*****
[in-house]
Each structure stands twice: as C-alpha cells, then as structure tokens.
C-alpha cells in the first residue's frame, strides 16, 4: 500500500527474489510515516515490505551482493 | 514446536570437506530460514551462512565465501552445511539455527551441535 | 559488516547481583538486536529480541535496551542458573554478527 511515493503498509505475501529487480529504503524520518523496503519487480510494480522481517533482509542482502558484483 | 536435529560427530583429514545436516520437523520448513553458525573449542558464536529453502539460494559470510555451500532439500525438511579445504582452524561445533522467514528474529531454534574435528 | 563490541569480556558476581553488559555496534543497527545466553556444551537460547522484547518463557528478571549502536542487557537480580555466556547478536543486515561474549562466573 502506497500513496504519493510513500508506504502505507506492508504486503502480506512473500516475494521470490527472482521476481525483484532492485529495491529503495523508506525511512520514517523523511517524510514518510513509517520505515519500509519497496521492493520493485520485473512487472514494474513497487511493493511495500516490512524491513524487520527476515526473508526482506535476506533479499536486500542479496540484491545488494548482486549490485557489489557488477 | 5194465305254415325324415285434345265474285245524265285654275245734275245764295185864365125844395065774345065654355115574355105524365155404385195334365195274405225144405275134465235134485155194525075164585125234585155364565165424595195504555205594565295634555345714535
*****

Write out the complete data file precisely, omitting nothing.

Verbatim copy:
[in-house]
Each structure stands twice: as C-alpha cells, then as structure tokens.
C-alpha cells in the first residue's frame, strides 16, 4: 500500500527474489510515516515490505551482493 | 514446536570437506530460514551462512565465501552445511539455527551441535 | 559488516547481583538486536529480541535496551542458573554478527 511515493503498509505475501529487480529504503524520518523496503519487480510494480522481517533482509542482502558484483 | 536435529560427530583429514545436516520437523520448513553458525573449542558464536529453502539460494559470510555451500532439500525438511579445504582452524561445533522467514528474529531454534574435528 | 563490541569480556558476581553488559555496534543497527545466553556444551537460547522484547518463557528478571549502536542487557537480580555466556547478536543486515561474549562466573 502506497500513496504519493510513500508506504502505507506492508504486503502480506512473500516475494521470490527472482521476481525483484532492485529495491529503495523508506525511512520514517523523511517524510514518510513509517520505515519500509519497496521492493520493485520485473512487472514494474513497487511493493511495500516490512524491513524487520527476515526473508526482506535476506533479499536486500542479496540484491545488494548482486549490485557489489557488477 | 5194465305254415325324415285434345265474285245524265285654275245734275245764295185864365125844395065774345065654355115574355105524365155404385195334365195274405225144405275134465235134485155194525075164585125234585155364565165424595195504555205594565295634555345714535